Just a day after the attack in March, Atradius Dutch State Business (ADSB) agreed to insure the Dutch dredging company Van Oord for €900 million for its work on the Mozambique LNG project. Both ENDS joined our allies in condemning the decision and calling on ADSB to increase transparency about its decision-making process. Through a freedom of information request, we obtained documents that served as the basis for critical media coverage and questions in Parliament about ADSB’s support for the project. In December, in response to the pressure, the Dutch State Secretary of Finance decided to commission independent research into ADSB’s human rights due diligence process. We will continue to monitor the process.
A momentous decision by Dutch pension fund ABP
For years, Both ENDS has played a key role in the movement calling on Dutch pension fund ABP – the largest pension in Europe and the fifth largest in the world – to divest from fossil fuels. Our research has shown that ABP has some fifteen billion euros invested in fossil fuel projects that are causing severe social and environmental harm to local communities and contributing to dangerous climate change. Through advocacy and facilitation of dialogue between partners, investors and governments, we have reinforced the pension divestment campaigns of Fossielvrij NL, Groen Pensioen and allies across Europe and the world.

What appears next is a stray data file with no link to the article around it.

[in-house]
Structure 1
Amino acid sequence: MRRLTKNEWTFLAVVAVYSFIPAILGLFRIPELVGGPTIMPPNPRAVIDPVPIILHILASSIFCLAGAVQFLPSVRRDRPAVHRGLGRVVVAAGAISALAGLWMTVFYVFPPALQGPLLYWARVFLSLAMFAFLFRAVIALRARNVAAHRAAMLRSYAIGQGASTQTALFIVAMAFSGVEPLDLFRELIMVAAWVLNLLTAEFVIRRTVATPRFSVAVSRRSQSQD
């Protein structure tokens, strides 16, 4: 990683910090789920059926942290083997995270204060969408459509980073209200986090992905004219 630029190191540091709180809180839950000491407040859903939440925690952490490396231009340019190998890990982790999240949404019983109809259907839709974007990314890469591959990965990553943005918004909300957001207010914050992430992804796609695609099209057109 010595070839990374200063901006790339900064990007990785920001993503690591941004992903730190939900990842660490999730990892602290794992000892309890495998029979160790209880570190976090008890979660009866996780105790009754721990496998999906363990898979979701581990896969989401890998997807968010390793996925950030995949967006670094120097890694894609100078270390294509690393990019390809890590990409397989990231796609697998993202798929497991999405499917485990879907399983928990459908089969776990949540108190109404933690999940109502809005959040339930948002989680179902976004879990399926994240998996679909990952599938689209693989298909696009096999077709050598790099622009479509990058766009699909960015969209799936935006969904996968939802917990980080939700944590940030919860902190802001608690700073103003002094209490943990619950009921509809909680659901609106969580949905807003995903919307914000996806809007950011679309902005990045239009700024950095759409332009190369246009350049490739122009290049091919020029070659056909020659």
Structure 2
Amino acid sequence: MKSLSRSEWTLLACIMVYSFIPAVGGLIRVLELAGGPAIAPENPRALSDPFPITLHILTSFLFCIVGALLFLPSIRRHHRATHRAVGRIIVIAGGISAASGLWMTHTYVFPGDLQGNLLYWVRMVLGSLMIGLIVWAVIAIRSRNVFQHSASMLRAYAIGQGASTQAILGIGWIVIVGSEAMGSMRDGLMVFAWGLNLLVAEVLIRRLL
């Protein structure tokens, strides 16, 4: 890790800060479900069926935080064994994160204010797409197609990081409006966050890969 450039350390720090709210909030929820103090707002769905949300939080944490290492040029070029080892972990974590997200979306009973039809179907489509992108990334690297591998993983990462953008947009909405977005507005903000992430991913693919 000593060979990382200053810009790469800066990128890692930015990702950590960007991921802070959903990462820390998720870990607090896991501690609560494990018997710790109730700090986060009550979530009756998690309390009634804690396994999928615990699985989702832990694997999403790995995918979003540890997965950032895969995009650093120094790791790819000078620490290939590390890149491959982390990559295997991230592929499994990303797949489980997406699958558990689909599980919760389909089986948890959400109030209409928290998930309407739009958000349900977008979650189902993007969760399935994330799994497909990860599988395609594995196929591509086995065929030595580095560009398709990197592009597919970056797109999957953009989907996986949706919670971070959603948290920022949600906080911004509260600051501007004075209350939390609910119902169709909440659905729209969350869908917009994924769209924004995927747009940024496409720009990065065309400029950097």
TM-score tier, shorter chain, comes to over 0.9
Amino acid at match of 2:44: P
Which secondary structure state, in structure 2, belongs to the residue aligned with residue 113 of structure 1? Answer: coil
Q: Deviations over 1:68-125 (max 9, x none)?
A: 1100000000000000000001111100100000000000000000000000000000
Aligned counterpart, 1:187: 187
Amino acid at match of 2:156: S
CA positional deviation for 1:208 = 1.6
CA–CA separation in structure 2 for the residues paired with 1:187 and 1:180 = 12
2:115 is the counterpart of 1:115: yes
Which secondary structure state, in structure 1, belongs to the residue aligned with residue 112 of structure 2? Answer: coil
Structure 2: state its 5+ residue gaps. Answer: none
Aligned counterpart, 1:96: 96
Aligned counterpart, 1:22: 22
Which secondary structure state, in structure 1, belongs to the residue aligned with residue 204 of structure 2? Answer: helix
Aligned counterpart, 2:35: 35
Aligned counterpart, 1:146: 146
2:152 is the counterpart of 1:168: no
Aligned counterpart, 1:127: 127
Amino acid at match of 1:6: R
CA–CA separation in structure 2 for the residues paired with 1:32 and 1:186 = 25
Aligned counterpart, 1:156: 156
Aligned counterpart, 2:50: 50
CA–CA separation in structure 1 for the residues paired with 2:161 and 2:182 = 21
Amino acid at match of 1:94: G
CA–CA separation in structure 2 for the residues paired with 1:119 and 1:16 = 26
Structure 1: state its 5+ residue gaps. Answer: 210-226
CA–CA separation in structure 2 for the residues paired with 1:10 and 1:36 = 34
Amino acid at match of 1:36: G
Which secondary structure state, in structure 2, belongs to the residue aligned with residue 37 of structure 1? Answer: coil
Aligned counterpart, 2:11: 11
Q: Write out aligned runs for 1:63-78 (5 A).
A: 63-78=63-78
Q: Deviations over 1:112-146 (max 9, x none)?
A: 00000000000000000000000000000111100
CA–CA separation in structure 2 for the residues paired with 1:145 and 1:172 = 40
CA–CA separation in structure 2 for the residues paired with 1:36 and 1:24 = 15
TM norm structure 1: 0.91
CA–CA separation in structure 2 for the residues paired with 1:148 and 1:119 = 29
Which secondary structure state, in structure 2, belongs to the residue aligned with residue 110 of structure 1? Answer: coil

Finally, after seven years of unwavering pressure, we welcomed ABP’s momentous decision, announced in October, to stop investing in oil, gas and coal producers and to sell off its current holdings by early 2023. As always, Both ENDS will keep a watchful eye on implementation of the policy.
As the movement for fossil fuel divestment continues to grow, we will also work to ensure that companies don’t just divest, but divest responsibly. To that end, in light of Shell’s plans to sell its onshore holdings in Nigeria (and focus on offshore), we facilitated a dialogue between our Nigerian partners, ABP (a Shell investor) and Shell Nigeria (SPDC), drawing attention to the need to address ongoing social and environmental problems linked to Shell’s decades-long operations in the country.
Similarly, we supported our Panamanian partner Movimiento 10 de Abril (M10) in its negotiations with Dutch development bank FMO about its exit from the Barro Blanco dam project, which has been associated with major human rights and environmental violations. FMO is currently in the process of designing a responsible exit from the highly contested project.
Tweet about the presence of Both ENDS and partners at the Climate March on the 6th of November
An article in Dutch newspaper NRC about the Dutch Ministry of Finance approving an export credit insurance worth more than 900 million euro’s to Dutch dredger Van Oord for taking part in the controversial TotalEnergy LNG project in the North of Mozambique.